India, May 2011 – WRAIndia and Save the Children are joined in New Delhi by renowned mothers – including Najma Heptullah (Member Rajya Sabha), Feroze Gujral (model/media personality), Lushin Dubey (actor/director), Vani Tripathi (BJP youth leader), Sagarika Ghose (media personality/author), Ramola Bachchan (entrepreneur), Ramneek Paintal (model/VJ), Jaishree Misra (author), Poonam Bhagat (designer), Vandana Luthra (entrepreneur), Namrata Joshipura (designer), Devi Cherian (columnist) and Padmashree Shovana Narayan (dancer) – to issue a Mother’s Day appeal for health workers within the reach of every mother and child.
• Every year around 68,000 women die in India from complications related to pregnancy and childbirth.
• With the death of a mother, her children are more likely to die before age 5.
• Every year 20 lakh children die due to easily preventable causes such as diarrhea and pneumonia.
• In India, only 10% of the most wealthy women deliver without trained health workers, compared to around an estimated 80% of the poorest women.
• India ranks 75 out of 77 countries on a scale of ‘best place to be a mother’; this is two places down from last year’s Mother’s Index compiled by Save the Children.
• Trained heath workers are key to preventing maternal and child deaths. All women and children – especially the poor and excluded – deserve quality professional care without barriers of cost.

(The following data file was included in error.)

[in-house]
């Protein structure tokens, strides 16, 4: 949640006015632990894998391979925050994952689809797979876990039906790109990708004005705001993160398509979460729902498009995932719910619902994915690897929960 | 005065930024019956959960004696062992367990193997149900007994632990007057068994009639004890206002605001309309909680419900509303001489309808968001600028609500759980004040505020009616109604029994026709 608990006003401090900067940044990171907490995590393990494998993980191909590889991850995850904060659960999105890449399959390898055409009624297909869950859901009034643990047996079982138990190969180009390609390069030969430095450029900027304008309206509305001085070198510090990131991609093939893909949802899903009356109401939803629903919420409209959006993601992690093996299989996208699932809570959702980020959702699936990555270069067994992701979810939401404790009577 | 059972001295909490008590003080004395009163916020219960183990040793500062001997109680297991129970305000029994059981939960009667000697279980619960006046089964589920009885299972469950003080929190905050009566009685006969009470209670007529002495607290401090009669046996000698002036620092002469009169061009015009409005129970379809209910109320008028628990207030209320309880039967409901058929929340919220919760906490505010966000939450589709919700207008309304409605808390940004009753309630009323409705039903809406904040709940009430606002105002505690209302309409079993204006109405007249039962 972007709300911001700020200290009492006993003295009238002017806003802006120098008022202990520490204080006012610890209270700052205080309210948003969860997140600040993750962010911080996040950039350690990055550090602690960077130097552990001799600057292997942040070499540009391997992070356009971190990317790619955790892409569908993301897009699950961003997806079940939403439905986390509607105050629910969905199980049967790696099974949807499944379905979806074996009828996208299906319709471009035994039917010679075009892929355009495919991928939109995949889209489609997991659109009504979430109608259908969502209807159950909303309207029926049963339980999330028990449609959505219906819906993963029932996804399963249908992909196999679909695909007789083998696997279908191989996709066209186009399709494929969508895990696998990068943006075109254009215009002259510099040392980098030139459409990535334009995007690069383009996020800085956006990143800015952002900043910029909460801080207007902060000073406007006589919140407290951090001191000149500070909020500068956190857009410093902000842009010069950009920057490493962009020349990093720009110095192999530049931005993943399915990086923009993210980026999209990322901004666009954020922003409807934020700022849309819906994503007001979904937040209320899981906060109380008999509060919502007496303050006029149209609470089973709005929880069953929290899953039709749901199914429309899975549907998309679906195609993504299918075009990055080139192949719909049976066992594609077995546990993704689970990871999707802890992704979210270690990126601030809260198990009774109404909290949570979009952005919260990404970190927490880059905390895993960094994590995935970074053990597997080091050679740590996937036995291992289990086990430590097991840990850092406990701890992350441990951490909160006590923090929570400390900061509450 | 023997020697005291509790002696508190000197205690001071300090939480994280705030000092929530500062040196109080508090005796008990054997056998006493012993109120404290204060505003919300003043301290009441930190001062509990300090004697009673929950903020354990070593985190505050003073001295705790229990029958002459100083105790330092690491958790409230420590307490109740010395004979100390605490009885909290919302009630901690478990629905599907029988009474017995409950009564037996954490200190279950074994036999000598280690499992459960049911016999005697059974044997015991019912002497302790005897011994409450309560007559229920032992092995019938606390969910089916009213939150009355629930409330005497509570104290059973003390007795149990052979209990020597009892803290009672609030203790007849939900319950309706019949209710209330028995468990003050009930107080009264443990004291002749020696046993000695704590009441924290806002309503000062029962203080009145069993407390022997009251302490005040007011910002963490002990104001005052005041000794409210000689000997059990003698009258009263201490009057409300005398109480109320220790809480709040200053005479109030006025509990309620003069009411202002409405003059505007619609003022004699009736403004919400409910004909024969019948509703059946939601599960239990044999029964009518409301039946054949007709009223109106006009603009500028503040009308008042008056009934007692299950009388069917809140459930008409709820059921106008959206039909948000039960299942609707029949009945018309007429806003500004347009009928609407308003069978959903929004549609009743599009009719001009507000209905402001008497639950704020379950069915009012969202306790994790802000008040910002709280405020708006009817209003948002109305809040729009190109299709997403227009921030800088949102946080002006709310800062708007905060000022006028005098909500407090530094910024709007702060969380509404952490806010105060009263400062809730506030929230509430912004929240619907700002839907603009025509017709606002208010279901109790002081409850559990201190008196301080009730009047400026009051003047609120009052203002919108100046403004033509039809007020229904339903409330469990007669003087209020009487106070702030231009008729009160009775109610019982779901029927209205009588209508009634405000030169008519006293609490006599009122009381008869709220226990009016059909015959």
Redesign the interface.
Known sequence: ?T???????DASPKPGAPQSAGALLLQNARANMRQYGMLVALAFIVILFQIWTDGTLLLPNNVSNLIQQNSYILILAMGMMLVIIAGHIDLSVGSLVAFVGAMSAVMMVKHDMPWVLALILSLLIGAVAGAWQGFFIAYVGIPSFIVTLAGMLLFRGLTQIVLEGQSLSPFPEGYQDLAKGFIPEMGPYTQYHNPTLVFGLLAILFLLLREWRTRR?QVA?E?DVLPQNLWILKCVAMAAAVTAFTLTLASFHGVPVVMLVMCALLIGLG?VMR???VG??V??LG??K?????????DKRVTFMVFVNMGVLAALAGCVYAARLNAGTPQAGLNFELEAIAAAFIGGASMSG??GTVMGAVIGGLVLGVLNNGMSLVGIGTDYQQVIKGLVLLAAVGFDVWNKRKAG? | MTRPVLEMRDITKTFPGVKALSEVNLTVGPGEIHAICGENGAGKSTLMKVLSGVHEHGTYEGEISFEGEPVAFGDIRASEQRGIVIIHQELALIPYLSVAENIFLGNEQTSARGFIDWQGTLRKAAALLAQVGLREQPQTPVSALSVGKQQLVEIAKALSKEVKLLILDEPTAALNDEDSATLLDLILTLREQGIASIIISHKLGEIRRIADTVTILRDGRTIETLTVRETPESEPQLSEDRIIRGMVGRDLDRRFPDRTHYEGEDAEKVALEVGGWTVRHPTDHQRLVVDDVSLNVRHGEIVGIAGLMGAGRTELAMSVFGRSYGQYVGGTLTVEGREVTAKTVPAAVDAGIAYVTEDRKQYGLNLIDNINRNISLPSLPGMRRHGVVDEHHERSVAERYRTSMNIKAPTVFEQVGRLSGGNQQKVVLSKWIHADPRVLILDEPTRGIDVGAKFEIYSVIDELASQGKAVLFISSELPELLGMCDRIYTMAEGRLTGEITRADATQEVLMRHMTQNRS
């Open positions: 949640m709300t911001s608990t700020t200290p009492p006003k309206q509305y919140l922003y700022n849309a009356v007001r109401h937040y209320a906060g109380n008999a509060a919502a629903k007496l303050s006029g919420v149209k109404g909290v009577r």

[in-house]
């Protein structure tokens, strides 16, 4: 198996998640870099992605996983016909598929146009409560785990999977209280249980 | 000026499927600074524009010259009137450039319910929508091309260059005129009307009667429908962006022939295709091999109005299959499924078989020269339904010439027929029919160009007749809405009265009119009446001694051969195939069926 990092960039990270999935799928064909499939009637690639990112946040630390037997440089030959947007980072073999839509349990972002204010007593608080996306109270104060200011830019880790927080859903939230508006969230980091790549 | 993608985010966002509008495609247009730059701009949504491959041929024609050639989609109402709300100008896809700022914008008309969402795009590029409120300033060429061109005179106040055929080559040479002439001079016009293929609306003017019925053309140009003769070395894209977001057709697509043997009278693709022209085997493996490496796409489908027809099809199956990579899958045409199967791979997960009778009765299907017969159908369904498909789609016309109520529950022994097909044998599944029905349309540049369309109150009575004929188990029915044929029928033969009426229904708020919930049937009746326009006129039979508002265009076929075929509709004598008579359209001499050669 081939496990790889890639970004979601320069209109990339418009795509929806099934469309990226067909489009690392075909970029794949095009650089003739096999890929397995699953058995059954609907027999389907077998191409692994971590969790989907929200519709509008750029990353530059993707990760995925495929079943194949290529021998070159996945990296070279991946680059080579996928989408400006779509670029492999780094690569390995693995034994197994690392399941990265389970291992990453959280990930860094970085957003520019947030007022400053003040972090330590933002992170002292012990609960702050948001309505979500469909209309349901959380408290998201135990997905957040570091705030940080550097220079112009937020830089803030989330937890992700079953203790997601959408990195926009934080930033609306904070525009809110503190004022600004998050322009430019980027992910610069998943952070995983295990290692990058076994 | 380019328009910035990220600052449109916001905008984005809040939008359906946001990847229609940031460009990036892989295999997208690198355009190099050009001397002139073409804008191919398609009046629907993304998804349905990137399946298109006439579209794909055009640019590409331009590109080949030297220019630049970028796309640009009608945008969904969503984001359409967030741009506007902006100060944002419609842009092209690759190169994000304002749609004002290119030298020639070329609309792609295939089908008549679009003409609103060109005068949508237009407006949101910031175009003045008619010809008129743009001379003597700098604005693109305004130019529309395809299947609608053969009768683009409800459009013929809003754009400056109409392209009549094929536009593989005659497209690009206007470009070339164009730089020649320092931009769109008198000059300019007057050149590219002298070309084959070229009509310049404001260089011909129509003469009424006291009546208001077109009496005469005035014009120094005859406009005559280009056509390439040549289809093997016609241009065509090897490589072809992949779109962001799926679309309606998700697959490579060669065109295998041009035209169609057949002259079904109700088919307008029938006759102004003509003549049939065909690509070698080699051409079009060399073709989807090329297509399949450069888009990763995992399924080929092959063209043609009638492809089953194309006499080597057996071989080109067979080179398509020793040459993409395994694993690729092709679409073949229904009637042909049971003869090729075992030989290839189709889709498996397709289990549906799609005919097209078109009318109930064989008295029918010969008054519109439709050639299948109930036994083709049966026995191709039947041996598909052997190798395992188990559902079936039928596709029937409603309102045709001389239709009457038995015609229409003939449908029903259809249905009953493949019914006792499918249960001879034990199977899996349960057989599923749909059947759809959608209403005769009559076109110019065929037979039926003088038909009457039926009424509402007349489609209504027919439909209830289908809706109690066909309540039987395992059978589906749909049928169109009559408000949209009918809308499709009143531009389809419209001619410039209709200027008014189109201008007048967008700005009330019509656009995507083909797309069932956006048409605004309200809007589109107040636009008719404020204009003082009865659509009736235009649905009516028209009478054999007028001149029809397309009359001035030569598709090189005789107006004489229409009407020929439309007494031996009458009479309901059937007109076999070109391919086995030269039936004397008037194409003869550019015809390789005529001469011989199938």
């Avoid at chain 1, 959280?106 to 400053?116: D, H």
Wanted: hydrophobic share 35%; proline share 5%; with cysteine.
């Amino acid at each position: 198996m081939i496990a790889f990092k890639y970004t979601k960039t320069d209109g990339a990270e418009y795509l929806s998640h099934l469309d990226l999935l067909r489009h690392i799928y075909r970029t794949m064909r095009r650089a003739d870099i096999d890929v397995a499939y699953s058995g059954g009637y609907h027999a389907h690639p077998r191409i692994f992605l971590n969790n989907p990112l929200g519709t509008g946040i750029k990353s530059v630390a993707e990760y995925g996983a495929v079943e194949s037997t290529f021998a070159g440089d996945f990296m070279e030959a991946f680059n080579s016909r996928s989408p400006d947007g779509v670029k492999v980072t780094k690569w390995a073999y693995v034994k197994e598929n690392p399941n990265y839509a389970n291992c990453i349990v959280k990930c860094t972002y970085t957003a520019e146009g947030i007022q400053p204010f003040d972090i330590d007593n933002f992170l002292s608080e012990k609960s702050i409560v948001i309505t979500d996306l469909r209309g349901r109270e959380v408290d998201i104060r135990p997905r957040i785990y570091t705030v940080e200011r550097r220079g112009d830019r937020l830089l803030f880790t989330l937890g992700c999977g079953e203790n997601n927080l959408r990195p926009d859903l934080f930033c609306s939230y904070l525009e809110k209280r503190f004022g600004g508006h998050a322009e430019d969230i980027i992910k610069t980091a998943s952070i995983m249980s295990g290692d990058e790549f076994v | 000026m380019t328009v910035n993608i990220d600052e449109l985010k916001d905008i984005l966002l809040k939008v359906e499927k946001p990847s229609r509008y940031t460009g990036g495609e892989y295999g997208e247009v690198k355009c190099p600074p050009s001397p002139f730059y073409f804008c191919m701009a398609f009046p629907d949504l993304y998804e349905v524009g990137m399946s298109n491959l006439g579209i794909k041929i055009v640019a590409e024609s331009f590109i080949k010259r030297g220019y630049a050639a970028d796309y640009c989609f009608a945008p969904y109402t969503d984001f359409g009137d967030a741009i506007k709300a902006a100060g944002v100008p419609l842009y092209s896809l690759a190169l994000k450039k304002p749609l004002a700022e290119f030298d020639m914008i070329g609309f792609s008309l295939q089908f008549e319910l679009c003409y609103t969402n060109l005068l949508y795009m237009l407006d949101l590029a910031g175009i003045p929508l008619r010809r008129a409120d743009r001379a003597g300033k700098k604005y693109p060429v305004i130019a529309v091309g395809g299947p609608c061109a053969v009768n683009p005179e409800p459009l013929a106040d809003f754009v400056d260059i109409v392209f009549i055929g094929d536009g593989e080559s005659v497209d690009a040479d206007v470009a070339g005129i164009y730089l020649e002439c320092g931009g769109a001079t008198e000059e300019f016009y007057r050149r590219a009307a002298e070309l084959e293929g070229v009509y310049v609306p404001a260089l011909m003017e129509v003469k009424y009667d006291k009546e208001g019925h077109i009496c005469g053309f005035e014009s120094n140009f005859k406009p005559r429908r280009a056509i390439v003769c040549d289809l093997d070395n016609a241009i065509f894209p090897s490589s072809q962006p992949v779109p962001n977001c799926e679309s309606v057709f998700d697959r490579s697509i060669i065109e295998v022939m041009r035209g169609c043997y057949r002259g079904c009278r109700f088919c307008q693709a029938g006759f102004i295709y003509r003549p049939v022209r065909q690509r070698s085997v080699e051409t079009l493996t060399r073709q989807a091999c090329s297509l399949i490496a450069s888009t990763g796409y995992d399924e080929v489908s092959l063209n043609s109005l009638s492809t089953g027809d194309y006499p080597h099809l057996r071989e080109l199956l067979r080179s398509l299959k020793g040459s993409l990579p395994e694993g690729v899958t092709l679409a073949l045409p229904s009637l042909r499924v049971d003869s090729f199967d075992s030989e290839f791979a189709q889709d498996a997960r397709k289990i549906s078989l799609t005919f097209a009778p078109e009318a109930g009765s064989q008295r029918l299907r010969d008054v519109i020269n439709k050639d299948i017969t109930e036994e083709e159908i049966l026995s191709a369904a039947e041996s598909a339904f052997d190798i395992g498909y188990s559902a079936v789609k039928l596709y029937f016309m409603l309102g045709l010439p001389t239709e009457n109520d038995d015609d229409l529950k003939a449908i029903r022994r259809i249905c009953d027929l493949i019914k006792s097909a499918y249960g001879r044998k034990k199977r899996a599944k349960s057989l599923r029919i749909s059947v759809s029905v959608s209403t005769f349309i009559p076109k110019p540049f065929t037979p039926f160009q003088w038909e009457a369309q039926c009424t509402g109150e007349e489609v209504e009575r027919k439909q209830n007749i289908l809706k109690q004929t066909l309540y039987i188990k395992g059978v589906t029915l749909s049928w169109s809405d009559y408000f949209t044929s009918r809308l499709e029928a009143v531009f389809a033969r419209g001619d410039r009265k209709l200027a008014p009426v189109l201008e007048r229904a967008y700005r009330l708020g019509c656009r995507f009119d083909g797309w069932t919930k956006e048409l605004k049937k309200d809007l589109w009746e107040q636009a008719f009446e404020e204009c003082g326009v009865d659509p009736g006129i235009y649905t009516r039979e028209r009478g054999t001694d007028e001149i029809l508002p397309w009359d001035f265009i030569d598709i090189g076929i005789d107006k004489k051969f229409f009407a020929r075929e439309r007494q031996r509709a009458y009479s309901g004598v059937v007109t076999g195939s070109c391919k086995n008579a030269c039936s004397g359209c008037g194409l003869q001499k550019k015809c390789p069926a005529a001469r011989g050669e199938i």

• Every woman and child has the right to the care they need to survive.
“It is time that we realize the criticality of health workers in India and a healthcare access system that gives us the platform to interact with women who really need help and reach out to them with timely health solutions. What we must understand is that the women who are dying are uninformed and not in a position to take conscious decisions. It is the responsibility of the government, the informed communities and the healthcare system to save their lives.”
Aparajita Gogoi, National Coordinator, White Ribbon Alliance for Safe Motherhood India
“It is indeed sad that on the one hand our country is emerging as a global power and on the other we have shocking statistics on maternal, newborn and child mortality. As a nation we must invest in the health of mothers and children. There is a critical role for female health workers in the fight to reduce maternal, newborn and child mortality. Countries that train and deploy more female health workers have seen dramatic reductions in maternal, newborn and child mortality.”
Shireen Vakil Miller, Director for Advocacy, Save the Children
They also released an Atlas of Birth mapping inequities of access to care, showing only 10% of India’s wealthiest women deliver without trained health workers, compared to an estimated 80% of the poorest women. Click here to download the full flyer.